KANSAS CITY — Monsanto Co., the world's biggest seed maker, said Wednesday that profit fell by 19 percent in the second quarter, as prices continued to stagnate for its popular herbicide Roundup.
Monsanto Chief Executive Hugh Grant said income will be crimped in the next two years because the company will be forced to cut seed prices. He acknowledged for the first time that Monsanto is unlikely to meet its goal of doubling 2007 gross profit by 2012.
Since making that pledge, Roundup prices have plunged worldwide as generic competition has flooded the global market. Sales fell $351 million, or 35 percent, during the quarter in Monsanto's agricultural productivity segment, which includes it herbicides and chemicals.
At the same time, Grant said farmers appear unwilling to pay premium prices for the company's new lines of biotech seeds, some of which are twice as expensive as the varieties most farmers grow today. Grant said he went on a recent "listening tour," meeting with more than 1,200 farmers. Many were upset about higher prices.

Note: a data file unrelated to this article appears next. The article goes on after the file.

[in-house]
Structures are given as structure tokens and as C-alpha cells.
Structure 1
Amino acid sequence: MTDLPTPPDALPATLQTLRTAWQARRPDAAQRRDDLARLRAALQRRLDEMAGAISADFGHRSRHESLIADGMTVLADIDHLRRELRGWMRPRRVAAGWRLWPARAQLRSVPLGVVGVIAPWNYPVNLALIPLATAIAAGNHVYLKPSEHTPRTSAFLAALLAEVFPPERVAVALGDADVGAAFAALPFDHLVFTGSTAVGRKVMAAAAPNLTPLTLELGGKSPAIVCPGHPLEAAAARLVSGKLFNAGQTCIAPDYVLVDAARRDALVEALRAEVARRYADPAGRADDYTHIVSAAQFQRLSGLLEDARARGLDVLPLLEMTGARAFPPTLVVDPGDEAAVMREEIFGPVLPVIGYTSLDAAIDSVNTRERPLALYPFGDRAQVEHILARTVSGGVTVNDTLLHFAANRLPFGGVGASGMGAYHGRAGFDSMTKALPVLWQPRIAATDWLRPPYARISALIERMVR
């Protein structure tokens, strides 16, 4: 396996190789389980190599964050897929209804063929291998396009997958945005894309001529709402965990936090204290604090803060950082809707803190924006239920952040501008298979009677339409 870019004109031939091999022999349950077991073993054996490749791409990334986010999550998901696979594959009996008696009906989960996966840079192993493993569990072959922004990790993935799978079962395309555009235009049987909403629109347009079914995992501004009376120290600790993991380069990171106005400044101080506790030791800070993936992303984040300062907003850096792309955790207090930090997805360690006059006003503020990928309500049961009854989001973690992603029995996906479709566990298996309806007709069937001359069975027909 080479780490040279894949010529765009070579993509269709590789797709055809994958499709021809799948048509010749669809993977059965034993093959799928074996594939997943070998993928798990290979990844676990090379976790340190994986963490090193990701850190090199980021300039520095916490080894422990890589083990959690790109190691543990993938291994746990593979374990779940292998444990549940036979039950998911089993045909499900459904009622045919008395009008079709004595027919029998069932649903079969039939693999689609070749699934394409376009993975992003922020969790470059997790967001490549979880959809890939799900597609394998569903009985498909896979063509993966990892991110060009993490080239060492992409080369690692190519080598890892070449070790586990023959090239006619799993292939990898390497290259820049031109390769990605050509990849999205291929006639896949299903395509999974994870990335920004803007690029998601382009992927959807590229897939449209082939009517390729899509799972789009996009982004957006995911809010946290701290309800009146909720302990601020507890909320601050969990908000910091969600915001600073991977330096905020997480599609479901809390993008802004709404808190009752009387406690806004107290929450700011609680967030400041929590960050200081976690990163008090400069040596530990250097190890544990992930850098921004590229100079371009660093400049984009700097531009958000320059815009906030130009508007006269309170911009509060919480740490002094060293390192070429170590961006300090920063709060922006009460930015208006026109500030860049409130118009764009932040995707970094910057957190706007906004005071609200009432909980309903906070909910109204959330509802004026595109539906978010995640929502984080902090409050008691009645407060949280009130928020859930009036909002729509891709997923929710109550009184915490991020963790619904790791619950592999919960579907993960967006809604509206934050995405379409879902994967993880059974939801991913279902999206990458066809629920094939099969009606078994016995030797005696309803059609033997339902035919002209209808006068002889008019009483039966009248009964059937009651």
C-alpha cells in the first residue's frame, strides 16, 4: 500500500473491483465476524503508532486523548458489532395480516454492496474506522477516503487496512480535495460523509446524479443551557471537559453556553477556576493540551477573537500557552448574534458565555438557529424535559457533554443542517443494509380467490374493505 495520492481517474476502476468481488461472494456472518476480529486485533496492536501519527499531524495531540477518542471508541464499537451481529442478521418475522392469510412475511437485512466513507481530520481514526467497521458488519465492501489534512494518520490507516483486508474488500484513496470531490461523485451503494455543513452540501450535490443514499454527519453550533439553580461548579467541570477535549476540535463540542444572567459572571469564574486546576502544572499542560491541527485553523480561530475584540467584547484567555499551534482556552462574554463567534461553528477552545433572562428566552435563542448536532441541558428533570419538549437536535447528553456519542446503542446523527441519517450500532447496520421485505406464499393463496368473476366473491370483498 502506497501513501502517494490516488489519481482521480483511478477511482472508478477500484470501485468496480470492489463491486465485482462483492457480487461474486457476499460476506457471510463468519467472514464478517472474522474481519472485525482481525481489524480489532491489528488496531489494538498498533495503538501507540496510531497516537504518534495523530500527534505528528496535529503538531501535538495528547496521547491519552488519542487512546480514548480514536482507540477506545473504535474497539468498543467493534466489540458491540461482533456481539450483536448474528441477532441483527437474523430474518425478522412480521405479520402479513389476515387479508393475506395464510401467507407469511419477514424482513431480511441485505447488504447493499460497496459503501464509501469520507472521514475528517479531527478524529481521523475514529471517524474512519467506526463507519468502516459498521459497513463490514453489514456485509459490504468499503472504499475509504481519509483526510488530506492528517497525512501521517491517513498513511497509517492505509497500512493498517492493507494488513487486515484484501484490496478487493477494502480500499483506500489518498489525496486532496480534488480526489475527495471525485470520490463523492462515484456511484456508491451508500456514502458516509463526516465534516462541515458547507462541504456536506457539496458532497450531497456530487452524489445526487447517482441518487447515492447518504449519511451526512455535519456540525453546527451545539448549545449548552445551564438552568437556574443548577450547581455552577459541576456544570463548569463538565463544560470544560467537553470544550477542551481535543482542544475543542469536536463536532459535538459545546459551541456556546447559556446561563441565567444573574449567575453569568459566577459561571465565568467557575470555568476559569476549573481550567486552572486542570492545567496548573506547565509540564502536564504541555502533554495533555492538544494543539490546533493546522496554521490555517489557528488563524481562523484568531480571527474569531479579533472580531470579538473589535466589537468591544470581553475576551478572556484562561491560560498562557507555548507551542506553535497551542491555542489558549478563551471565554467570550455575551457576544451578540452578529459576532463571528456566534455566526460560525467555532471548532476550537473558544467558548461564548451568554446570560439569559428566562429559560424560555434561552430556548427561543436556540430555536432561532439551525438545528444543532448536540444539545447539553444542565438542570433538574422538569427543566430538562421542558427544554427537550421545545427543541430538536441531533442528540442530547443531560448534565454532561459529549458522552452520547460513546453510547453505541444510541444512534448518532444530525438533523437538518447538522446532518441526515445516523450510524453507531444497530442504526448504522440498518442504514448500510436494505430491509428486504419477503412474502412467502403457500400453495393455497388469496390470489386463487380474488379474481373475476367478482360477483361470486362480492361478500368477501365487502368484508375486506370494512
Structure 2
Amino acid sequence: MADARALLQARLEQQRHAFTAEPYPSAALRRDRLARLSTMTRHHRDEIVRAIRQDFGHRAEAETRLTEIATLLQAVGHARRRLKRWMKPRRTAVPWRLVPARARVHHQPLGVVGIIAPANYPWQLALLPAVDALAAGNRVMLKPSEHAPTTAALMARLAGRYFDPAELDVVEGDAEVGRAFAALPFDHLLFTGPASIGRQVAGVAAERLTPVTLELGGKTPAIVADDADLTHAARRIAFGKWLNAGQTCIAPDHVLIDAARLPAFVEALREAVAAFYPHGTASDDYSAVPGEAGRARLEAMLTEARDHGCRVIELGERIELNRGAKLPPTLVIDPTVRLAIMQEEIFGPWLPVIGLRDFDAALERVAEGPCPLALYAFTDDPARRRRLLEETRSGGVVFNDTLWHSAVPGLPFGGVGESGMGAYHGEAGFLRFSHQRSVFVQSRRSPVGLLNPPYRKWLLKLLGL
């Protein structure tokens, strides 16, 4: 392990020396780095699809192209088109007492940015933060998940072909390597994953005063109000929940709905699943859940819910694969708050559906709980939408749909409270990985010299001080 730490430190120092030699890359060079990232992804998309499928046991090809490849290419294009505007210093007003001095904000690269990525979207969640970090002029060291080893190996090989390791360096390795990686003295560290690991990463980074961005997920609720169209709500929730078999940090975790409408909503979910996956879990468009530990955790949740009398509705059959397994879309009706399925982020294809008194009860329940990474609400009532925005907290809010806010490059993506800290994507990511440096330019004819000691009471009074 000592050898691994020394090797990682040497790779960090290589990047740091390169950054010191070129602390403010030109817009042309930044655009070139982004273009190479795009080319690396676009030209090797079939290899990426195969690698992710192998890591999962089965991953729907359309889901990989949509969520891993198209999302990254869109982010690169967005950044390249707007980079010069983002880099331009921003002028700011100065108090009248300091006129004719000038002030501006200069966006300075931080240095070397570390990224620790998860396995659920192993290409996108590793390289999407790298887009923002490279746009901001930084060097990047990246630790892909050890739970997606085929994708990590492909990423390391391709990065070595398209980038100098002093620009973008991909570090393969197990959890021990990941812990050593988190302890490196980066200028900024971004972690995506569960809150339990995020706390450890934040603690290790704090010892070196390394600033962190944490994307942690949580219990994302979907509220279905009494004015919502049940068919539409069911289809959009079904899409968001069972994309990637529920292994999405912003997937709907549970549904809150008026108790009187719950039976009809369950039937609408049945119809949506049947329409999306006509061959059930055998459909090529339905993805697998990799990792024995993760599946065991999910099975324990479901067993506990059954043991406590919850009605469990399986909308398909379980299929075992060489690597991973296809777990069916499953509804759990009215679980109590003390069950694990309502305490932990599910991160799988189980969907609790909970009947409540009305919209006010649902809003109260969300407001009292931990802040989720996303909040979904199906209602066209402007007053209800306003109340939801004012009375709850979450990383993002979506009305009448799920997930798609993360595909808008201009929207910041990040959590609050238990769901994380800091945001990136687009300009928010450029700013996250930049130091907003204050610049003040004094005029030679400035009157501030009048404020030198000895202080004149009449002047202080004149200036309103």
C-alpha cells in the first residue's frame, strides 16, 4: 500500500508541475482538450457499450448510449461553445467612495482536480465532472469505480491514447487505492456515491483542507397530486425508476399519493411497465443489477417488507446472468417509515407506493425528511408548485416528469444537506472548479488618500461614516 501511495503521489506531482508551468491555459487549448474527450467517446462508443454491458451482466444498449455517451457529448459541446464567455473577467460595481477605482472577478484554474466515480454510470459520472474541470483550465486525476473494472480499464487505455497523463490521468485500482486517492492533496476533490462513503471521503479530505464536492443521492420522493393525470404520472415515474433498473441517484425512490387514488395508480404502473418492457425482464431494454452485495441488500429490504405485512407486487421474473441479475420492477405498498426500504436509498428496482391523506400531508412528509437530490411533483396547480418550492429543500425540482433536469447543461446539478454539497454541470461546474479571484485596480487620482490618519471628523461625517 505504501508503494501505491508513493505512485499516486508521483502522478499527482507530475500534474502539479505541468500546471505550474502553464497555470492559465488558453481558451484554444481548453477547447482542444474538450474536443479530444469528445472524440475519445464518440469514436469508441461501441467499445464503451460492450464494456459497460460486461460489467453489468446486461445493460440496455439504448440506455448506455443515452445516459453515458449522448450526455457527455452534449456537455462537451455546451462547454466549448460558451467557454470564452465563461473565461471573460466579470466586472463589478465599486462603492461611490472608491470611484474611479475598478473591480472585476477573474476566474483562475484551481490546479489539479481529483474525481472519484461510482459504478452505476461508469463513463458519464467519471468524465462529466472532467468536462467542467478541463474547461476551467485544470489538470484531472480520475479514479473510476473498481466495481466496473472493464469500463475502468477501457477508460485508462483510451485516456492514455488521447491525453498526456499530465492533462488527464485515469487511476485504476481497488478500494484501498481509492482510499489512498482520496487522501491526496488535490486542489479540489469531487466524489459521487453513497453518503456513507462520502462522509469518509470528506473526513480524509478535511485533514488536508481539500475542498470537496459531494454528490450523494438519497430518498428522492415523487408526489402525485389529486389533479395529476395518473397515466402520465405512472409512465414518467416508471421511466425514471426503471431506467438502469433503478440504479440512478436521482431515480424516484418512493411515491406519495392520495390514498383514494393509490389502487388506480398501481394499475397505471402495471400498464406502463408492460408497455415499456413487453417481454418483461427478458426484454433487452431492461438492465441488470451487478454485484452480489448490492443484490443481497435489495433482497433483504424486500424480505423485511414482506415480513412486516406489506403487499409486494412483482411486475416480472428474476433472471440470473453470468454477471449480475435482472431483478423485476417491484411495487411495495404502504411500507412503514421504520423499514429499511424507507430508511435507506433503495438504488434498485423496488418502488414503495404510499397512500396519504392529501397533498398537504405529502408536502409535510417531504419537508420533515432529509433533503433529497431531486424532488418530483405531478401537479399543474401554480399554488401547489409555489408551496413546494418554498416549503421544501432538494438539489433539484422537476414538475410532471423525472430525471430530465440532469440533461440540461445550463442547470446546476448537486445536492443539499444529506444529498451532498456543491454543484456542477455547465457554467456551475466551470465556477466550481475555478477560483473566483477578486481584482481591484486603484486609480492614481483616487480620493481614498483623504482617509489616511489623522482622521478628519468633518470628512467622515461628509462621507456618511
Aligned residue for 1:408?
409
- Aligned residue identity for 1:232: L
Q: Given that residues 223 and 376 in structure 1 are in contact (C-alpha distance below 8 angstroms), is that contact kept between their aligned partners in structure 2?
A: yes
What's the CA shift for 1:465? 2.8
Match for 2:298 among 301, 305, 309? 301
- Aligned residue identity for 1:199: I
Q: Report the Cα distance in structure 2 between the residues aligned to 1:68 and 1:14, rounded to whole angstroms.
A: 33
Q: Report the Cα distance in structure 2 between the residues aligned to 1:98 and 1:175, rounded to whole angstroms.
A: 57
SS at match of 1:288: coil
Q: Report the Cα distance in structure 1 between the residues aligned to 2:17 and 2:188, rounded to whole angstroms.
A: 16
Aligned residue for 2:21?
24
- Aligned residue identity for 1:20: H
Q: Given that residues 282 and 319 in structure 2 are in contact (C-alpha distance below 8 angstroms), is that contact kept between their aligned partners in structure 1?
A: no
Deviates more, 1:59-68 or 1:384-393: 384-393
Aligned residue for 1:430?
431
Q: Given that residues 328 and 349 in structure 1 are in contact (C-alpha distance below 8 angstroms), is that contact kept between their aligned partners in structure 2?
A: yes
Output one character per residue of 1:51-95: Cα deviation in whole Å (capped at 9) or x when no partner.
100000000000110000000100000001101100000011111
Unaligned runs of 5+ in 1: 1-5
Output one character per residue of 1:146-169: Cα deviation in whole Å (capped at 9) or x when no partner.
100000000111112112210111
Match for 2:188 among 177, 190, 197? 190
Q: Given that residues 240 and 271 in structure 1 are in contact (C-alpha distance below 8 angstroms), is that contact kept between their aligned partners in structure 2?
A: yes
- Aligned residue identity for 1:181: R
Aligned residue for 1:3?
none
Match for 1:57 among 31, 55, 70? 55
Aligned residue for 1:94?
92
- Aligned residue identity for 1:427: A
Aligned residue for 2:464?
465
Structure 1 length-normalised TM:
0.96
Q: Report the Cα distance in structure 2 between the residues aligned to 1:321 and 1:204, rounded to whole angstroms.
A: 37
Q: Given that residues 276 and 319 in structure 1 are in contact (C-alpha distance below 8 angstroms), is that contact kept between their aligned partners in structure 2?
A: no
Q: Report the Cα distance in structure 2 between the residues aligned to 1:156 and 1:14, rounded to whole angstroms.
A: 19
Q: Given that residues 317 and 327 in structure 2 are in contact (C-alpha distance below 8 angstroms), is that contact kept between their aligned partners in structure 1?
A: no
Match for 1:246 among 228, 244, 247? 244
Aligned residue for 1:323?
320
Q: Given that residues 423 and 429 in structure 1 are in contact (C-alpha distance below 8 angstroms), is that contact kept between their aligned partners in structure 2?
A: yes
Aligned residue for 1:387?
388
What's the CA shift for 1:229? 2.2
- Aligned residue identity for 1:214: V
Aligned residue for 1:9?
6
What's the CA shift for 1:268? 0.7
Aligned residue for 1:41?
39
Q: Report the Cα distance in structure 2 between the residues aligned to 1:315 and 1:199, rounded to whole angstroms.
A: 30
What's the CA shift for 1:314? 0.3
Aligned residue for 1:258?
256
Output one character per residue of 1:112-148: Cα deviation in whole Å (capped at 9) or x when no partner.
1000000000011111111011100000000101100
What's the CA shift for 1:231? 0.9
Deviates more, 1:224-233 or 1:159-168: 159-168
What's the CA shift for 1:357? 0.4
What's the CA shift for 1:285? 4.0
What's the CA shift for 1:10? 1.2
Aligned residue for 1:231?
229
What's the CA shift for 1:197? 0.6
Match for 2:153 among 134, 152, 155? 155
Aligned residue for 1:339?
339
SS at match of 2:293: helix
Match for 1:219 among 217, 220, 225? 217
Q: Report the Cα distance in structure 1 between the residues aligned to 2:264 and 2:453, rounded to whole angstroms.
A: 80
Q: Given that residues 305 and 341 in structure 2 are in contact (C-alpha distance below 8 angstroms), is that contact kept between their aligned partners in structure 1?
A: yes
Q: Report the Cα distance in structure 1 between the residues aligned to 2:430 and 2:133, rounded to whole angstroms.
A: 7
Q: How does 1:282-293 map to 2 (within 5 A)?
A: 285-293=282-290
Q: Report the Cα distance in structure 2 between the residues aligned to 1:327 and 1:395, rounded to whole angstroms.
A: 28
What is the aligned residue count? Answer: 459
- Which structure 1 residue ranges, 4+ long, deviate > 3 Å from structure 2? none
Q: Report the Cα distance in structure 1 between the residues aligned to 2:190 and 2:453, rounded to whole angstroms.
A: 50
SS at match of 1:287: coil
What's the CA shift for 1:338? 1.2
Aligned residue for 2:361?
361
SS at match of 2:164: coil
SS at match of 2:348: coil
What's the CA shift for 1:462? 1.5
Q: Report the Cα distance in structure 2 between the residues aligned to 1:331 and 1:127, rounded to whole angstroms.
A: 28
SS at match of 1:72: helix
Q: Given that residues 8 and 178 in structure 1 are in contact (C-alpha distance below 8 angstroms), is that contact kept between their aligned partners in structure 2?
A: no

"The feedback I am hearing from farmers is that if our prices were different, their adoption curve would be different," Grant told analysts during a conference call. "I'd like to say it's purely altruistic."
Grant would not specify how far prices will drop, but said Monsanto will gradually raise prices again once it gains customers and they see the crops are worth it.
The St. Louis company said its profit amounted to $887 million, or $1.60 per share, in the quarter ended Feb. 28. The company earned $1.09 billion, or $1.97 per share, in the same period a year ago.
Revenue fell to $3.89 billion from $4.04 billion a year ago.
Analysts surveyed by Thomson Reuters expected a profit of $1.73 a share on revenue of $3.9 billion, on average.
Monsanto affirmed it's full-year 2010 ongoing earnings-per-share guidance, saying it will be in the low end of the $3.10 to $3.30 range. Rather than doubling its profit by 2012, the company will now deliver "mid-teens" annual profit growth.
Shares fell roughly 3 percent initially but recovered most of the loss in morning trading, falling 54 cents to $69.